Turning your mechanical passion into a unique career
by Brandpoint (ARA) Sponsored Content
Sep 24, 2013 | 15188 views | 0 0 comments | 68 68 recommendations | email to a friend | print
Technical and mechanical ability often shows itself at an early age. Chances are you've seen this in yourself. You always took care of your own bike and car. Do others see it? Are you the first person they come to when something is broken? Do you like troubleshooting mechanical problems and won't stop until you've found the solution? If you wear the term 'gearhead' with pride, a career as a mechanic may seem an obvious choice. But what if you want something bigger? Something more unique that can broaden your career and income possibilities? The professions are out there - here are just a few.

Aviation maintenance

You know that mechanics repair automobiles and prepare them for day-to-day travel, but have you ever wondered who ensures airplanes are safe and ready to take flight? The first step toward a job in aviation maintenance is to acquire the proper airframe and powerplant (A&P) training. With an A&P license you will have the skills to ensure airplanes are safe for flying each day, repair and maintain jets, inspect engine components for problems, test all repairs for safety and listen to descriptions of aircraft problems, find their causes and make the appropriate repairs. While some programs require 19 to 24 months to obtain a degree, the program at Redstone College, a Federal Aviation Administration (FAA) approved school, can be completed in as little as 18 months.

There are two sides of aircraft maintenance - the mechanical and the electrical. If you're more interested in the electrical aspects of aviation maintenance, you may be interested in a degree in advanced electronics technology specifically steered toward aviation. This avionics associate degree takes about 15 months to complete and will prepare you for work repairing communication, navigation and autopilot collision avoidance systems.

Looking for job security? The job market for aviation mechanics and technicians is growing. Aerospace giant Boeing released a long-term market outlook report and it contains good news for those interested in a career in avionics. According to their report, the company anticipates more than 600,000 airline maintenance technicians will be needed by 2031 to replace an aging workforce and keep up with the demand of increased air travel.

Pros working in aviation maintenance technology agree it's an exciting field to consider. "I firmly believe this industry has the most diversity to offer anyone looking for a challenge, testing their knowledge and abilities every day,' says Dan Sonego, senior manager of technical operations for United Airlines. 'This career field isn't for the person who wants to go into work expecting the norm, but it is for the person ready to face whatever is thrown at them. The rewards are tremendous."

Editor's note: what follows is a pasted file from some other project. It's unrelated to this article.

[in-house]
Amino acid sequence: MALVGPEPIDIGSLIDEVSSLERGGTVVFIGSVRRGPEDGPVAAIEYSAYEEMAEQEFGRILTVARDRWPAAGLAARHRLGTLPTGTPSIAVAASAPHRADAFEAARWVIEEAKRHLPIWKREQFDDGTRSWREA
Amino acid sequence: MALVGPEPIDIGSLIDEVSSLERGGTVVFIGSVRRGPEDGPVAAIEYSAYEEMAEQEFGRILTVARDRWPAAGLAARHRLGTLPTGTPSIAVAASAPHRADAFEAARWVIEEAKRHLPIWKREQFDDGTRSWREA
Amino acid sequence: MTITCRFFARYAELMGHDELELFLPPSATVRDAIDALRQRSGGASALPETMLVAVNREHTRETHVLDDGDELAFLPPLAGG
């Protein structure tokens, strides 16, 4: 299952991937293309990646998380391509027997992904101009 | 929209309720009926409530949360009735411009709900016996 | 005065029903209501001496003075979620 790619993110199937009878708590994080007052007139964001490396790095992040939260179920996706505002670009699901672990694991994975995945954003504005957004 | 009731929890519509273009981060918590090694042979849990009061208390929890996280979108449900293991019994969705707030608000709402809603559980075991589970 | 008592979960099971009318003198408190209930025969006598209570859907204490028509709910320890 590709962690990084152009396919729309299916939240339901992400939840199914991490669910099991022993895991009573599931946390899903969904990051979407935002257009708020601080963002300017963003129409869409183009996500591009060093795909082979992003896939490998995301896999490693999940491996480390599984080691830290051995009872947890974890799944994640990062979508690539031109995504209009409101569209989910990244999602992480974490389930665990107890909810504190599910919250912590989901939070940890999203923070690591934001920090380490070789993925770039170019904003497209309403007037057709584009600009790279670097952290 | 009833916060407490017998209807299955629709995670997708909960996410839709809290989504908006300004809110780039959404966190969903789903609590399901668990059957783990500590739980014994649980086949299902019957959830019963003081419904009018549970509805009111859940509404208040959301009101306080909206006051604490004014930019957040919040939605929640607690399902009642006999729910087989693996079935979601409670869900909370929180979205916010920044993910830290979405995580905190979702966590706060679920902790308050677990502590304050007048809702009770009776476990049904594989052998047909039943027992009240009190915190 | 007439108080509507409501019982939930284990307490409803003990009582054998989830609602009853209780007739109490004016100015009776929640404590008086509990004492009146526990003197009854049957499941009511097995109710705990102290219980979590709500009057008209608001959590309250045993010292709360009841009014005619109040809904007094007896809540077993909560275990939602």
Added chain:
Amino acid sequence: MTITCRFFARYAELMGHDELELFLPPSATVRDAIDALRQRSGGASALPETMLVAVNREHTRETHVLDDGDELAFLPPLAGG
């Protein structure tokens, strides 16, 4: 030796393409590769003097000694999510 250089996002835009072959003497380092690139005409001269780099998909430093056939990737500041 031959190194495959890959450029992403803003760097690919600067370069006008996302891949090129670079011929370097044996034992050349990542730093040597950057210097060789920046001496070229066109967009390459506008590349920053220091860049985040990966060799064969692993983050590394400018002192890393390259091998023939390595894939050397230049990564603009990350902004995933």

Wind energy technician

There are mechanical jobs in industries you may not have even considered before. Green jobs are out there too including skilled positions as a wind energy technician. It's a great way to be part of an up-and-coming industry as the U.S. Department of Energy states in a report from the National Renewable Energy Laboratory that our country is on pace to draw as much as 20 percent of its electricity from wind by the year 2030. As our energy grid becomes increasingly dependent on wind turbines, people with wind energy training who can keep those turbines running will be in demand. A wind energy technician associate degree generally takes 15 months to complete. When you review programs at different schools, look for a school with on-site turbine units as well as a safety training tower.

HVAC systems and repairs

If working indoors and on solid ground is more your thing, you may be interested in a career repairing heating/ventilation/air conditioning (HVAC) systems. With commercial and residential construction back on the rise, there is high demand for people who can help plan for, install and maintain these systems. In fact, according to the Bureau of Labor Statistics' Occupational Outlook Handbook, employment of HVAC mechanics and installers is expected to grow 34 percent from 2010 to 2020, much faster than the average for all occupations. Rising demand for trained technicians will result in excellent employment opportunities.

When looking at HVAC training programs, look for a school that offers the opportunity to work on several types of systems, from residential to industrial. Redstone College's million-dollar HVAC lab features more than 20 residential furnaces and air conditioning units. There are also light commercial and residential boilers and a commercial walk-in cooler and freezer.

In today's workforce having mechanical know-how and the right training opens up more opportunities than ever before. As industries become highly specialized and technology advances the need for well-trained technicians, there is a growing list of opportunities out there; you just have to know where to look. Making the most of those opportunities is up to you.

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